John Redwood, MP for Wokingham, says Theresa May should drop Heathrow plan
John Redwood, the Conservative MP for Wokingham about 25 km west of Heathrow and under some of its flight paths, has said that the government should drop the three very huge projects they inherited from Gordon Brown and David Cameron. ie. Hinkley, HS2 and Heathrow. Each is expensive, highly contentious, and has been much delayed by indecision, argument and opposition. John Redwood was Shadow Secretary of State for Deregulation, from May 2005 to December 2005, and Shadow Secretary of State for the Environment, Transport and the Regions, from June 1999 to February 2000. He believes all 3Hs should be scrapped, and there are many other good local projects that should be paid for instead. “I’m all for spending on better trains, power stations and airports, but I don’t want to throw too much money at projects that are so mired in rows and costs.” On Heathrow noise he says: “Unfortunately Heathrow has recently with NATS changed the routes and noise corridors, annoying many more residential areas near it. There was no proper consultation. When you want to expand you need to do better at showing you are a good and considerate neighbour.” …”More capacity can be provided through Northolt, Gatwick and other London area airports. Smaller quicker schemes could alleviate the pressures.”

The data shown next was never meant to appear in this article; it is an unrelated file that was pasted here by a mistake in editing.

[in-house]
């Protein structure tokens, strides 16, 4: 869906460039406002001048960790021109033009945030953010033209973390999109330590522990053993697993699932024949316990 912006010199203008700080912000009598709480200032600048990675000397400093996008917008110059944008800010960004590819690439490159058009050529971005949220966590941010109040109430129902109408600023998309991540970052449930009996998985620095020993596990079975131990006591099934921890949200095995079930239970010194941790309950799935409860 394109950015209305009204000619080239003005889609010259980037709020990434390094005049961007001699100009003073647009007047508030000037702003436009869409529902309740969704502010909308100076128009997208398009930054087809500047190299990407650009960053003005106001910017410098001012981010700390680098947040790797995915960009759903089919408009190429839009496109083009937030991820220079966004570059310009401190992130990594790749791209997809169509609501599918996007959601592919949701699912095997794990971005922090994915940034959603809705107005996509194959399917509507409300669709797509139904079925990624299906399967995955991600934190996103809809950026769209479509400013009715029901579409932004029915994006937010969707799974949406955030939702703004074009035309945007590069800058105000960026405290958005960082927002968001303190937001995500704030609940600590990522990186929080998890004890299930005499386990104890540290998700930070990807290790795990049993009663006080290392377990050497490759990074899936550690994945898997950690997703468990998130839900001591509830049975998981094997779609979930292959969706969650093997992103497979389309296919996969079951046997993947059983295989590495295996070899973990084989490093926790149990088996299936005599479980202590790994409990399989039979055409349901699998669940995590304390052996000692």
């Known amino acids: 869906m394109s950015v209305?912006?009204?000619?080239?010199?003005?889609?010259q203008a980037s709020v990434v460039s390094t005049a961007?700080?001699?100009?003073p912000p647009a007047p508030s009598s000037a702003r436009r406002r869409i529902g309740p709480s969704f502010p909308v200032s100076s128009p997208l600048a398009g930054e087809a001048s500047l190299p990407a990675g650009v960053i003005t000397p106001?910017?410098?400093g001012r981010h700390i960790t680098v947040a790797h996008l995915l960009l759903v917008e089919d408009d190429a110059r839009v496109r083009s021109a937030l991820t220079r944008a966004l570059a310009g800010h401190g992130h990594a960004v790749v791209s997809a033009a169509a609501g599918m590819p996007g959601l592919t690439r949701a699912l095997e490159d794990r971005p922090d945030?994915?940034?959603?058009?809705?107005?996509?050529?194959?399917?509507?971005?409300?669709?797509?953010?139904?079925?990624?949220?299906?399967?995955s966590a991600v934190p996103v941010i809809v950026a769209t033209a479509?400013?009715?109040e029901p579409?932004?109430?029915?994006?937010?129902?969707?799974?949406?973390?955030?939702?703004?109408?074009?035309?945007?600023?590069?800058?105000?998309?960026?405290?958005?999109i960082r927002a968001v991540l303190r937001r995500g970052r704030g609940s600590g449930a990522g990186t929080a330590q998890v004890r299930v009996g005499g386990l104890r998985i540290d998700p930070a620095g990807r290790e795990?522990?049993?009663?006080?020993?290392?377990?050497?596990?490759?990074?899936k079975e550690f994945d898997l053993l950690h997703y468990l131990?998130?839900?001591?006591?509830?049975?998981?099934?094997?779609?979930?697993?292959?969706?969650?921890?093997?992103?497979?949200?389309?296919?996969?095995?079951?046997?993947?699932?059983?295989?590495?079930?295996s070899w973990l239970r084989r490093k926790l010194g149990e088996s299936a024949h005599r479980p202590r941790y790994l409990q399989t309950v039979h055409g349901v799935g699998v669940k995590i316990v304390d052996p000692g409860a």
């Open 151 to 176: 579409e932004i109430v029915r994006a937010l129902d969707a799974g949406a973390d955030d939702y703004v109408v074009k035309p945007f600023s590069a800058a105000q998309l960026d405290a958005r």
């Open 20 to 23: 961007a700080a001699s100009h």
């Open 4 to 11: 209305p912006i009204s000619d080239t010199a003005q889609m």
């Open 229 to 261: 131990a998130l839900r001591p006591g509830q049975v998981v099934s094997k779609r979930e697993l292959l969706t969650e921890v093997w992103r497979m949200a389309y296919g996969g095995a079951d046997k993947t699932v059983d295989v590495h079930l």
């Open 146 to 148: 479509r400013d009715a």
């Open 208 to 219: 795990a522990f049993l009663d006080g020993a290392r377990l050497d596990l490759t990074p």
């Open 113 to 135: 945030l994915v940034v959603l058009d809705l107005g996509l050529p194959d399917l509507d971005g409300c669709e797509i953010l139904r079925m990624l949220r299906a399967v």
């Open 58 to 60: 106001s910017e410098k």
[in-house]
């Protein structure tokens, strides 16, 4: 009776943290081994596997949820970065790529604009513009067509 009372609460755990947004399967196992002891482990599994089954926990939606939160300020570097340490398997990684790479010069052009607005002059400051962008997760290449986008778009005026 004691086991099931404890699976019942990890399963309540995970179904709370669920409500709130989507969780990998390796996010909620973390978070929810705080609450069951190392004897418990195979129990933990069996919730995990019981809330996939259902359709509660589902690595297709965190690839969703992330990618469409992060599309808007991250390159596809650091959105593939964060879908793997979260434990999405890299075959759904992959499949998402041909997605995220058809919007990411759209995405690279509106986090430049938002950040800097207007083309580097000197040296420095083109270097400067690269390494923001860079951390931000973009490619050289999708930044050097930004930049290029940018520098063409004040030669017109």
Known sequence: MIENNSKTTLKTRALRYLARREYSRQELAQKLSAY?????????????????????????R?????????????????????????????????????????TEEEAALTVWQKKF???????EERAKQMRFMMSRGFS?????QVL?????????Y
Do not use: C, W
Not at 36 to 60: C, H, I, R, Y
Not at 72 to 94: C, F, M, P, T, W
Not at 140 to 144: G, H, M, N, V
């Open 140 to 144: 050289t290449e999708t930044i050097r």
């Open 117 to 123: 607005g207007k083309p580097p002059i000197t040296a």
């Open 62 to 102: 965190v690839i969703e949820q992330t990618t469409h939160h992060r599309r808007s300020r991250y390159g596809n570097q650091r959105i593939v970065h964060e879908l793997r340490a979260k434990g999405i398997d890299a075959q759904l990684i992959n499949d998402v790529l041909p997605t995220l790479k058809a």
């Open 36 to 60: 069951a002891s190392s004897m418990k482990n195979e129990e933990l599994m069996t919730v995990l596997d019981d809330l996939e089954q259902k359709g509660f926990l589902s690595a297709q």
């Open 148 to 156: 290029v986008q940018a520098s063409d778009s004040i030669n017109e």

Tania Mathias MP calls for Grayling to step in over proposed £3 billion cuts to Heathrow plan – re-consultation necessary?
Transport Secretary Chris Grayling has been asked by Dr Tania Mathias MP to intervene on Heathrow’s £3 billion cost-cutting proposals it announced last week. In order to cut costs, and perhaps get a runway built faster, Heathrow’s Chairman Lord Deighton suggested that changes to plans would be made – though nothing has been put forward yet, but they might be in the next weeks. The cuts would mean scrapping plans to (expensively) tunnel the 14 lane M25 under the runway, and a transit rail system around the airport. Conservative MP Tania Mathias, whose Twickenham constituency is under Heathrow flight paths, said the new plan had caused local people “considerable anxiety.” She has written to the Secretary of State for Transport, asking him to demand the plan goes back out to public consultation and scrutiny by the Airports Commission (though that has been disbanded). Dr Mathias also wants Chris Grayling to make public any official talks on the late changes, between the airport and government departments. Richmond Park MP Zac Goldsmith also wrote to Lord Deighton that the revised plan would cause Londoners “more environmental misery”. The changes to the roads are not clear, and cutting cost could lead to gridlock on the busiest stretch of the M25. The DfT just said the Government “will continue to consider the commission’s evidence.”
Times reveals, from leaked document, members of Cabinet sub-committee on runway issue – and likely free vote in Parliament, suspending Cabinet collective responsibility